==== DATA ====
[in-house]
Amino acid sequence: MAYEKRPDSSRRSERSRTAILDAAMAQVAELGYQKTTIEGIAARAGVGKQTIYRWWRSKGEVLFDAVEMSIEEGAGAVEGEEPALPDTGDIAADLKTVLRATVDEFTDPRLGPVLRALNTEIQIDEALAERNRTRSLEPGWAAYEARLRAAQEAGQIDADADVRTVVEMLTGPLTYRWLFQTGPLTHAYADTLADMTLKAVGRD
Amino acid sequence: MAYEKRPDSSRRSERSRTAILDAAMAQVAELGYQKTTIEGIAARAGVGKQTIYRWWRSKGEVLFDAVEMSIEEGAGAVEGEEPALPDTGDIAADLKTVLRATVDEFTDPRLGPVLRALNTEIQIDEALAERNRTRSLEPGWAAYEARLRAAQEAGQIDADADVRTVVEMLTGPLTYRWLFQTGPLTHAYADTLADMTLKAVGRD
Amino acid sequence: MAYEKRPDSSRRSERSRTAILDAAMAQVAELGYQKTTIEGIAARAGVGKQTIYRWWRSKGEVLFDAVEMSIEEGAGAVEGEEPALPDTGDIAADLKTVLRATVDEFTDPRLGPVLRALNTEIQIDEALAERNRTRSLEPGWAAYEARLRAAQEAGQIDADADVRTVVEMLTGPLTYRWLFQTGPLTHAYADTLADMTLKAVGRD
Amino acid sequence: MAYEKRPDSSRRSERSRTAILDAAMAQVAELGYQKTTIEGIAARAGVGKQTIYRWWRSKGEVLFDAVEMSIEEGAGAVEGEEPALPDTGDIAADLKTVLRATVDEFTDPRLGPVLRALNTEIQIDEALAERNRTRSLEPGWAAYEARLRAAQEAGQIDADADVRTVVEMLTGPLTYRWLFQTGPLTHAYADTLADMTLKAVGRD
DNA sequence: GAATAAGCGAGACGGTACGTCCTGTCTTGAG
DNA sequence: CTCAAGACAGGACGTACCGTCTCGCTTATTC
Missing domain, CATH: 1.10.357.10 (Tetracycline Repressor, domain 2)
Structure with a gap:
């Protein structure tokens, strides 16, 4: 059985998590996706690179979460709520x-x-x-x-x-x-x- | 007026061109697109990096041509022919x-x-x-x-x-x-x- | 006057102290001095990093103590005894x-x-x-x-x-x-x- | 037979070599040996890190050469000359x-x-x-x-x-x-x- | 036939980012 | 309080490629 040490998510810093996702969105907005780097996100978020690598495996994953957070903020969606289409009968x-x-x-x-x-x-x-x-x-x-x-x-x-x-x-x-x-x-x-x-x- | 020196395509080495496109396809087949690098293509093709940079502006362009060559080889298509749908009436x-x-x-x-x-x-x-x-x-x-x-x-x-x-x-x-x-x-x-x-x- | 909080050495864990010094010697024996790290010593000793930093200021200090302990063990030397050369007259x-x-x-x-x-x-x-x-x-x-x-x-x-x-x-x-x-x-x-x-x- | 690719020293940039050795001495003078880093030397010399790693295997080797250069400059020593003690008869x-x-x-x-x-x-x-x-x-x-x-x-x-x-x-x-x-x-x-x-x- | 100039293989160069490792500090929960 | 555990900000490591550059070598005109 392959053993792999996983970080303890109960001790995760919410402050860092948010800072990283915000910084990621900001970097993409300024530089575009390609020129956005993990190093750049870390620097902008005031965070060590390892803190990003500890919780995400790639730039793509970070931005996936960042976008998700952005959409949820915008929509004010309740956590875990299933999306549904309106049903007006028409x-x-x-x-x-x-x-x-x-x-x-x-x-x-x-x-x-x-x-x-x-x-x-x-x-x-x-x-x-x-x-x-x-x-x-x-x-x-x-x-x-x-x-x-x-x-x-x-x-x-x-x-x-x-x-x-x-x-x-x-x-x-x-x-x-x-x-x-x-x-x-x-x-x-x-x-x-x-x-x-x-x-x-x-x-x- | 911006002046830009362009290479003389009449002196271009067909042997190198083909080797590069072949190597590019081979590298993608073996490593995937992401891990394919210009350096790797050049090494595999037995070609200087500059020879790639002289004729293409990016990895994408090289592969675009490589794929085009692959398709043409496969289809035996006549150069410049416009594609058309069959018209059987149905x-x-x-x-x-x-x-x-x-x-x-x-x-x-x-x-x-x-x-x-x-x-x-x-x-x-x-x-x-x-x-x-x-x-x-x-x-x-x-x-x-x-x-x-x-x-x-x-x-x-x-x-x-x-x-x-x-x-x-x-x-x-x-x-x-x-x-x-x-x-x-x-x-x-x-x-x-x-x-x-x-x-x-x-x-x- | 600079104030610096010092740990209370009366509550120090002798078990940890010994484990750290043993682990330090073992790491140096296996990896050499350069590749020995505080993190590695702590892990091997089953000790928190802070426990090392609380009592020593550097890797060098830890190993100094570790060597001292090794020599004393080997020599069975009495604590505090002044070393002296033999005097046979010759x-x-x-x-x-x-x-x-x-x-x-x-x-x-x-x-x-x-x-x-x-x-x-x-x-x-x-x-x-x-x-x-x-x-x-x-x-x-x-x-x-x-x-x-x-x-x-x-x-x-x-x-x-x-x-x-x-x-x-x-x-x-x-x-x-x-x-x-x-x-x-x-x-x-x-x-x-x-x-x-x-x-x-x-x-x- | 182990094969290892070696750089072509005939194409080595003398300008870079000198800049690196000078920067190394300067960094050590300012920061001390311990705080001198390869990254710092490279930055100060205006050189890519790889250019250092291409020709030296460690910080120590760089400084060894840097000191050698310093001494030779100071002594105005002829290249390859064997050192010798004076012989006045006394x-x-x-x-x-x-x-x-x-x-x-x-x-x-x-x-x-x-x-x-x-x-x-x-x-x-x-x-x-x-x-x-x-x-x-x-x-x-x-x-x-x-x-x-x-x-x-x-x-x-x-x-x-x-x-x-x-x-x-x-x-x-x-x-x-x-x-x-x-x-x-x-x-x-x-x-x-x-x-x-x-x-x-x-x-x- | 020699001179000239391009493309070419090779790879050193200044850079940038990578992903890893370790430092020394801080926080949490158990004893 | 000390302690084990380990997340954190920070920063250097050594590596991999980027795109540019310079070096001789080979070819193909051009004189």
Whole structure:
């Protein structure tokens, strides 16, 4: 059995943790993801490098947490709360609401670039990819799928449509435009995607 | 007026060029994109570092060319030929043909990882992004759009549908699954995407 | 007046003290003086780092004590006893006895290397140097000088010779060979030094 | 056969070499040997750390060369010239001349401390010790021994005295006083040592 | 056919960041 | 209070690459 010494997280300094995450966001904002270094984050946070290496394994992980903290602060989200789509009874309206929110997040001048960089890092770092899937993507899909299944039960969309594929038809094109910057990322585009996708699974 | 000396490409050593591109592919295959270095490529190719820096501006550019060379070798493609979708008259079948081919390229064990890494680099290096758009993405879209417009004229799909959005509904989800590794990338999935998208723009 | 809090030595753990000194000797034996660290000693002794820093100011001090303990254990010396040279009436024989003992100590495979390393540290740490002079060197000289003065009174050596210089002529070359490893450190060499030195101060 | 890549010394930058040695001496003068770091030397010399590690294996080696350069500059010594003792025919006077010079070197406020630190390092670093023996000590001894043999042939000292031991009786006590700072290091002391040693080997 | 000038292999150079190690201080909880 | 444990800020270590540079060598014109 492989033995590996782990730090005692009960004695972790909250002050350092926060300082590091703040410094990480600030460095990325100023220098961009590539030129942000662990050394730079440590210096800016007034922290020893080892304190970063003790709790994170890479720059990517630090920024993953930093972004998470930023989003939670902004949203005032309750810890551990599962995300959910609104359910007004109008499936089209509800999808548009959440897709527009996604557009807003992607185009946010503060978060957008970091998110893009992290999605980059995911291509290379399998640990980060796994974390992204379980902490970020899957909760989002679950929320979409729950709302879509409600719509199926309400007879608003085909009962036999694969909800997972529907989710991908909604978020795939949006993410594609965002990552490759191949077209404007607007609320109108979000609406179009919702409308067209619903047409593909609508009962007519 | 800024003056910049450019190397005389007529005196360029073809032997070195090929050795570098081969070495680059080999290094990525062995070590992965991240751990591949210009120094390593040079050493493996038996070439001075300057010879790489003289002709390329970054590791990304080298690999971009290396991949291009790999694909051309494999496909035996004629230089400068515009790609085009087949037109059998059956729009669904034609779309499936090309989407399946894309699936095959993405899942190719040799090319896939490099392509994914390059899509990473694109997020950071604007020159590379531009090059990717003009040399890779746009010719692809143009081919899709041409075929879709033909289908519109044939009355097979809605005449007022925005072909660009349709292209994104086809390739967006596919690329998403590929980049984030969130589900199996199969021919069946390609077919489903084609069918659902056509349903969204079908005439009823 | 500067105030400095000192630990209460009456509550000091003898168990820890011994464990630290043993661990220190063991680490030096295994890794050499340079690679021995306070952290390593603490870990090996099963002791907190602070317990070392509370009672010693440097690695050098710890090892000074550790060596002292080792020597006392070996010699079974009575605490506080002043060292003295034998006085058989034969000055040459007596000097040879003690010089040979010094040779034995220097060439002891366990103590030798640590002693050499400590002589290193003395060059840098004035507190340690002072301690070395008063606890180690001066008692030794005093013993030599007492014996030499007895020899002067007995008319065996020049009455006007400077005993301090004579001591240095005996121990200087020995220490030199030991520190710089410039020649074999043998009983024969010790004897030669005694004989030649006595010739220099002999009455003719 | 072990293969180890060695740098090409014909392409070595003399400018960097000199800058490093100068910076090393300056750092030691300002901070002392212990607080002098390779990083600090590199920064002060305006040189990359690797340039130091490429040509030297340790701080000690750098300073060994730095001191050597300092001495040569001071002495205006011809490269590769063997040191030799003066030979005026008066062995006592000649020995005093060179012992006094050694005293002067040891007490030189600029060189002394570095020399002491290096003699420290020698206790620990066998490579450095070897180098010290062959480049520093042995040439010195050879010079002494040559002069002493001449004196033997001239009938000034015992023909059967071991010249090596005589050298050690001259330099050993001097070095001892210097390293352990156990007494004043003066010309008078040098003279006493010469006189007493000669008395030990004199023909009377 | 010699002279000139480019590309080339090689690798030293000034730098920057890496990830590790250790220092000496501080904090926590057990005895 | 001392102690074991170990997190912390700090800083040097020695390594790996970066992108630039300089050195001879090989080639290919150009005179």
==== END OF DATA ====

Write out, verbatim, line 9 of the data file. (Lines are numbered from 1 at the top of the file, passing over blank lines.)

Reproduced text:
Structure with a gap: